Dr Marten BootsLast week, I downloaded Saved by the Girl 38 Icons of the 90s. It’s been a bittersweet listen because it reminded me of who I used to be. It made me yearn for the freedom of my teens and early twenties. It also reminded me of what made me the woman I am today. I’m forever grateful for that version of female identity: the clothes, the attitude, the confidence.

In the 1990s, female musicians wore proper comfy, cool, hot clothes. They didn’t dress like porn stars. In the early 90s, I wore Doc Martens and Lumberjack shirts like Eddie Vedder and Kurt Cobain and 4 Non Blondes. In the late 90s, I copied, the much lusted after, Louise Wener’s outfit of choice: t-shirt, flared jeans, a pair of trainers and a boy’s haircut. Liam Gallagher and Damon Albarn were rocking a similar look. This was 90s equality: women and men doing music whilst wearing the same uniform. In the 1990s, I felt sexy because I looked good and I could move. I was free. I felt powerful.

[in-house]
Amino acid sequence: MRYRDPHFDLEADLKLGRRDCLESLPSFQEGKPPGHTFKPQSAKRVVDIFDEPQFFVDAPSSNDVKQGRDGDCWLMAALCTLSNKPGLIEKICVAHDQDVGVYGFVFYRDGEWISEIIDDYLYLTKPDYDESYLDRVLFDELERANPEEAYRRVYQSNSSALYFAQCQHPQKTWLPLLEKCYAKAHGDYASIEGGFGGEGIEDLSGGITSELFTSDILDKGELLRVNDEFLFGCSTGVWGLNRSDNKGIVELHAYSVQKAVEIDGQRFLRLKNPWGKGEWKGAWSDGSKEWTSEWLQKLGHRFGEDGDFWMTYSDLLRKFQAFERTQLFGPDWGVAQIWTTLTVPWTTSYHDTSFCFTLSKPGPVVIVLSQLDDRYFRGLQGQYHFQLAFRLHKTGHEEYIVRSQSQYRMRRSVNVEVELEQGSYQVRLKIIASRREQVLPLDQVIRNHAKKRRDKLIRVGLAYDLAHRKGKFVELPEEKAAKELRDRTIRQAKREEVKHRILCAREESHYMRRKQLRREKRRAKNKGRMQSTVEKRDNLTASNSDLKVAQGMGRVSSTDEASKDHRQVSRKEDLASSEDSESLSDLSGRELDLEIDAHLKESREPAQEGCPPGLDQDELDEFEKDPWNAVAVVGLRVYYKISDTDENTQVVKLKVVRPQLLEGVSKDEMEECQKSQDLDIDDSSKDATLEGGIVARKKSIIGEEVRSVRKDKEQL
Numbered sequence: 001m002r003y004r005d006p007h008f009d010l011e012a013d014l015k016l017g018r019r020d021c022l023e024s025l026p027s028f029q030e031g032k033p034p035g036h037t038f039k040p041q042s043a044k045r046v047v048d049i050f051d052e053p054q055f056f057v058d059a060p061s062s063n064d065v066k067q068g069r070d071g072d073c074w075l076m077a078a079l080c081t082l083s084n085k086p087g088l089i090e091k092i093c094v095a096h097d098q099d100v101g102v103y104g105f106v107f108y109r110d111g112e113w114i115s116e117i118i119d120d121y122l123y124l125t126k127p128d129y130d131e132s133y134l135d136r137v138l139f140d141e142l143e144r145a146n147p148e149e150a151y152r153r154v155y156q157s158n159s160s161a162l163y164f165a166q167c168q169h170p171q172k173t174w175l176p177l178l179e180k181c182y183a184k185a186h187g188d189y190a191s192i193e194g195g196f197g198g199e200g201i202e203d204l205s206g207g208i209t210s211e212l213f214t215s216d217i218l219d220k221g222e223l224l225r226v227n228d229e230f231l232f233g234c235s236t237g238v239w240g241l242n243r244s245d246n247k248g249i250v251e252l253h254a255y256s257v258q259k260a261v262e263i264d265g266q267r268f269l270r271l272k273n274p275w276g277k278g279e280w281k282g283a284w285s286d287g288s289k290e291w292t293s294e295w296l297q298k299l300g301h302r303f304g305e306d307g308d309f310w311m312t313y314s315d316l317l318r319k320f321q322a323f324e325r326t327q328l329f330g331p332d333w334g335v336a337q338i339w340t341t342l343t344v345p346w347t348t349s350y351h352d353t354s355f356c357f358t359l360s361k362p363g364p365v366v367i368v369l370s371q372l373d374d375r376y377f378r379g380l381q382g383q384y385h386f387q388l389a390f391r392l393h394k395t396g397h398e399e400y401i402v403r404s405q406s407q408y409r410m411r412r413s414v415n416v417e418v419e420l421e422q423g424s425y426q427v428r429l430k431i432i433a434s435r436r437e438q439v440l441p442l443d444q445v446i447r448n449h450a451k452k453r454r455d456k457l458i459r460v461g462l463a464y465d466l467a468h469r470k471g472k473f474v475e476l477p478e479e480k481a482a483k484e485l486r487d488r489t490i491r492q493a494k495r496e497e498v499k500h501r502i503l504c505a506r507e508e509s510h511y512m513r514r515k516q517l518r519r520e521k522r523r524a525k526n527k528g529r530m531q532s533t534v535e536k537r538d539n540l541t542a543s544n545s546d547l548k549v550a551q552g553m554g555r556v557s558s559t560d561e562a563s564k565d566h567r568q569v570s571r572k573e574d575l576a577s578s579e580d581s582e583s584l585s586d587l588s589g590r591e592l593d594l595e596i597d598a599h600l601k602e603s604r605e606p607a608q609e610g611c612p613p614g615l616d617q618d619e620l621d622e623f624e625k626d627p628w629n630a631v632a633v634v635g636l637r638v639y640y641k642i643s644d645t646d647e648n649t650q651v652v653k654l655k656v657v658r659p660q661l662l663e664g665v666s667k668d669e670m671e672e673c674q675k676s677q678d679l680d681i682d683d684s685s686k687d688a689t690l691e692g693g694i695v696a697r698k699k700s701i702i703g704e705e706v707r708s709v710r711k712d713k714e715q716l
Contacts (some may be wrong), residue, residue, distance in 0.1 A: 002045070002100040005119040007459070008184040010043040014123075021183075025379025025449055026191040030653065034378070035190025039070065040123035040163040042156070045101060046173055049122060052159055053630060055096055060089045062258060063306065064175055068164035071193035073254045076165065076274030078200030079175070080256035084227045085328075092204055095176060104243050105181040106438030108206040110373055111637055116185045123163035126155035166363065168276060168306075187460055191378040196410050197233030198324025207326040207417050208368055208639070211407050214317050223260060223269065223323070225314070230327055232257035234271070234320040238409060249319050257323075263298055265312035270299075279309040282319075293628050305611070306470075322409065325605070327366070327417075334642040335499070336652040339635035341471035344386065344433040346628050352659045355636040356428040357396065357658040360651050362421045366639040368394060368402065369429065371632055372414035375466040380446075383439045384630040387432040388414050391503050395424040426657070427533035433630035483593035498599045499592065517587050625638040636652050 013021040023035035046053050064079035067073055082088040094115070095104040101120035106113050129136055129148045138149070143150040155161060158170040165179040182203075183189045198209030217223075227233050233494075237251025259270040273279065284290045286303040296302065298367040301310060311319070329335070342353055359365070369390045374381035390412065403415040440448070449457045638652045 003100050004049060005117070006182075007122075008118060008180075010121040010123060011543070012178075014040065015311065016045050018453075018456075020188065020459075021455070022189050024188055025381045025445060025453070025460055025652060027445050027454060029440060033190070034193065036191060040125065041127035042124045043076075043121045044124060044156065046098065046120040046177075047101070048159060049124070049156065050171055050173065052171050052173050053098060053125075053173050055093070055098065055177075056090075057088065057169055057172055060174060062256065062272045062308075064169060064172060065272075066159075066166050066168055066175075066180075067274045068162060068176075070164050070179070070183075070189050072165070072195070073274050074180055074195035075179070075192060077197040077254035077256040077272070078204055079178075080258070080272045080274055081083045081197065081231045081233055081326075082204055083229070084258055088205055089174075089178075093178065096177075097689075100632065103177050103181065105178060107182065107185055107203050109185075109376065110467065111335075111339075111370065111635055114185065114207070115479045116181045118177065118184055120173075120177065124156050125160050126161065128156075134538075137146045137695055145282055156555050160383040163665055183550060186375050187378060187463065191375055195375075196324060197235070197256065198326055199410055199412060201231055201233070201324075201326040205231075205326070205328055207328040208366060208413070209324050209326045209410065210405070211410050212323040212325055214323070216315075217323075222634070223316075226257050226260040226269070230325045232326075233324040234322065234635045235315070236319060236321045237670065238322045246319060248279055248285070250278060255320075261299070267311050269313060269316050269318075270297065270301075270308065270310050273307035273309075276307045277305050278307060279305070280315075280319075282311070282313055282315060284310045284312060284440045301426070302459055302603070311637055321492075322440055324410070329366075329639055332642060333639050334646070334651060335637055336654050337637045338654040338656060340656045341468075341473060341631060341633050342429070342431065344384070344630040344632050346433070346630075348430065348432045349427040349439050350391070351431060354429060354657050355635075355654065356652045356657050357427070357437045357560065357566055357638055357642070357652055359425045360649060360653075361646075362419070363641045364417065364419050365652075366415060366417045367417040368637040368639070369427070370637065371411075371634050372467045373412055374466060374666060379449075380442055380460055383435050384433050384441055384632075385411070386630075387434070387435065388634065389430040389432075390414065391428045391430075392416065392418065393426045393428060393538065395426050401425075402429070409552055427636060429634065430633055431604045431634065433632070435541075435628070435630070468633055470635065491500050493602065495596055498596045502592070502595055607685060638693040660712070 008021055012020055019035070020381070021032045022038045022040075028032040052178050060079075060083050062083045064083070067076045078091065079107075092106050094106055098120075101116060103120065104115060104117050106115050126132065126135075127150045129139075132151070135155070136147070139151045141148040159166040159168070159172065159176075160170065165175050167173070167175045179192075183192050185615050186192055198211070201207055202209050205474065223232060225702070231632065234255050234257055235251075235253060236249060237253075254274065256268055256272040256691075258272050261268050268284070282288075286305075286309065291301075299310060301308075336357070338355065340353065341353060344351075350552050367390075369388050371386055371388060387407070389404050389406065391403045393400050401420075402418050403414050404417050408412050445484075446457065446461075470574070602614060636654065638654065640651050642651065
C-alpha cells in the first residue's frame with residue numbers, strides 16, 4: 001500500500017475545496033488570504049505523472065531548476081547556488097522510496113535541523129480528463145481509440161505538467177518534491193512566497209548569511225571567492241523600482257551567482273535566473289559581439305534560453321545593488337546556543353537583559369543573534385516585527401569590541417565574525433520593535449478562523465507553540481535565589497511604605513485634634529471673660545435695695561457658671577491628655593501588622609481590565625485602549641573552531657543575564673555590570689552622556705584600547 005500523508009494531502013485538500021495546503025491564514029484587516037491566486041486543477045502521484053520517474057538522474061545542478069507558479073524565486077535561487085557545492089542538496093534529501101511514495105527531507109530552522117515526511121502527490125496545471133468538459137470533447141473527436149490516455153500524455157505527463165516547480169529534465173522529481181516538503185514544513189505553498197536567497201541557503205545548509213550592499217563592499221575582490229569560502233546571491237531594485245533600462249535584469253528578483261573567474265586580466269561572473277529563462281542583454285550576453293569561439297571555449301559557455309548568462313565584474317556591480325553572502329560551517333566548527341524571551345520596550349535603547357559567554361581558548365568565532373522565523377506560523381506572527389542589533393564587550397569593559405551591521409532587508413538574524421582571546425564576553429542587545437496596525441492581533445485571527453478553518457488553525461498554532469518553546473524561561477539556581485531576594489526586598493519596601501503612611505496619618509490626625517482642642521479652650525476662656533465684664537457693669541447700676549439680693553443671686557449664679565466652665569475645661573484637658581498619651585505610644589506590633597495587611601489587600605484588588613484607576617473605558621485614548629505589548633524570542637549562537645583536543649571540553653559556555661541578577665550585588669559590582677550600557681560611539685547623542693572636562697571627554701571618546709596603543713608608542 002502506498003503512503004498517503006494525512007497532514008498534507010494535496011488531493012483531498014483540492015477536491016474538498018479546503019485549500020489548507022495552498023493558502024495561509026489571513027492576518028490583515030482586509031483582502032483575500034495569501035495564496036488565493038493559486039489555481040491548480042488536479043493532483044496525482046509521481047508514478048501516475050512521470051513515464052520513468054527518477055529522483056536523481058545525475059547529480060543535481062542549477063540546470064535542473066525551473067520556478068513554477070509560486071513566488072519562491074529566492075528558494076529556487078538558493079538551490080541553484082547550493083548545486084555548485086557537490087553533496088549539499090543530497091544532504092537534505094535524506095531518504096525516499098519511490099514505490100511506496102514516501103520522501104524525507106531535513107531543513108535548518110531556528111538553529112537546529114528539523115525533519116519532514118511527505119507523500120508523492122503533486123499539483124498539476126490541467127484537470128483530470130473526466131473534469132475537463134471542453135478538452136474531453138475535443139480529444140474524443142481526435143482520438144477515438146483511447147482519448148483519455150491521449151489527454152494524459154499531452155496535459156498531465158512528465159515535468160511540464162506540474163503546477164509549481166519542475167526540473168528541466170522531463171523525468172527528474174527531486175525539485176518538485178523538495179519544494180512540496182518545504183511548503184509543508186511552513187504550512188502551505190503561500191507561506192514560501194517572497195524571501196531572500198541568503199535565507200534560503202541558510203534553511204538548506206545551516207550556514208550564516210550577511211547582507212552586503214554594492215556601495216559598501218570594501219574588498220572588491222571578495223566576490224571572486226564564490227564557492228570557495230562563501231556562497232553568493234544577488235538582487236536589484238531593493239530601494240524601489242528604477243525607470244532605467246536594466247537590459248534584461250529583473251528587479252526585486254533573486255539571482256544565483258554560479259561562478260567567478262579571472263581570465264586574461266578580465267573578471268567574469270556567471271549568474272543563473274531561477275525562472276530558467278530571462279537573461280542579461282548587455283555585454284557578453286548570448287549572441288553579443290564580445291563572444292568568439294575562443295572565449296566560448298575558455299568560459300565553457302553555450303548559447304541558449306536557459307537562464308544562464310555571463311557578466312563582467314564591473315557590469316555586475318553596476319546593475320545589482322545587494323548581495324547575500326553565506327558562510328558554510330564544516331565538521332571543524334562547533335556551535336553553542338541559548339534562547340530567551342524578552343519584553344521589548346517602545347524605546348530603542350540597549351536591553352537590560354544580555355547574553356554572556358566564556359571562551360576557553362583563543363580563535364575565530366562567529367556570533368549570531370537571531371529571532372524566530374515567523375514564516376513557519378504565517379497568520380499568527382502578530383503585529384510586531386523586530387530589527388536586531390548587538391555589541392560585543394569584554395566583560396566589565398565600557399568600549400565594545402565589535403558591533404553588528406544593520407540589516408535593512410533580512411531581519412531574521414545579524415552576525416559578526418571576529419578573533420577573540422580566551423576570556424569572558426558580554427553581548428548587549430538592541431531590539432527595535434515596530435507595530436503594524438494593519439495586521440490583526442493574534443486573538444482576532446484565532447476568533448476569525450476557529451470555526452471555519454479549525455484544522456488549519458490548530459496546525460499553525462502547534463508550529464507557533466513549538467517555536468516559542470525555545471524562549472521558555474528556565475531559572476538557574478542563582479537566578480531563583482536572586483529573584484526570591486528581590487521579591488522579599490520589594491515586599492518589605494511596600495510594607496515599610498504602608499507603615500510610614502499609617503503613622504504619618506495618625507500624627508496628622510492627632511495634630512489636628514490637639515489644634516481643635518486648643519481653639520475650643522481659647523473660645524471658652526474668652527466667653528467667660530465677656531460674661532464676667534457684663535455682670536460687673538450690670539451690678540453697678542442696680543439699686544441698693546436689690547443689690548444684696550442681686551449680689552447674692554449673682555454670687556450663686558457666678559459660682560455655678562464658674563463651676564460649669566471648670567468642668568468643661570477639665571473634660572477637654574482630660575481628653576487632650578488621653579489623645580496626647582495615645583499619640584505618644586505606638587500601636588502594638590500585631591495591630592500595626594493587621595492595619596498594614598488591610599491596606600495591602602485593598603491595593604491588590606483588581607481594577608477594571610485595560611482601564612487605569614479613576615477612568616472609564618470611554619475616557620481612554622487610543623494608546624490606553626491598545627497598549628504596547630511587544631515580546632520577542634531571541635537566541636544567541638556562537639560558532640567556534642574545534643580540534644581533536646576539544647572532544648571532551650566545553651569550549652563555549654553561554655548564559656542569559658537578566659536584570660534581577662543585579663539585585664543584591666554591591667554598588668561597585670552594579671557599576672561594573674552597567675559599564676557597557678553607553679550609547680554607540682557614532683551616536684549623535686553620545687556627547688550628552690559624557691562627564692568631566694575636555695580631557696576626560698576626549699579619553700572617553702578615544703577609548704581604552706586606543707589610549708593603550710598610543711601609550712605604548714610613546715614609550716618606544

Attitude and confidence
In the 90s, women didn’t shy away from publicly expressing their belief in themselves. Female popstars didn’t drop their heads and coyly peer through their lashes, they lifted their chins, looked straight down the camera: their eyes were not saying “come hither”. They presented a “this is me, take it or leave it” attitude most obviously vocalised by Meredith Brooks in her 1997 hit Bitch. They seemed to not care what people thought of them and similarly, neither did I.  In the 1990s, I acted, spoke and thought freely. I didn’t plan my actions, check my words or second guess my thoughts and with this attitude came an easy confidence.

I may not have the clothes or the haircut anymore, but whatever age I am, I hope I’ll always be a 90s girl.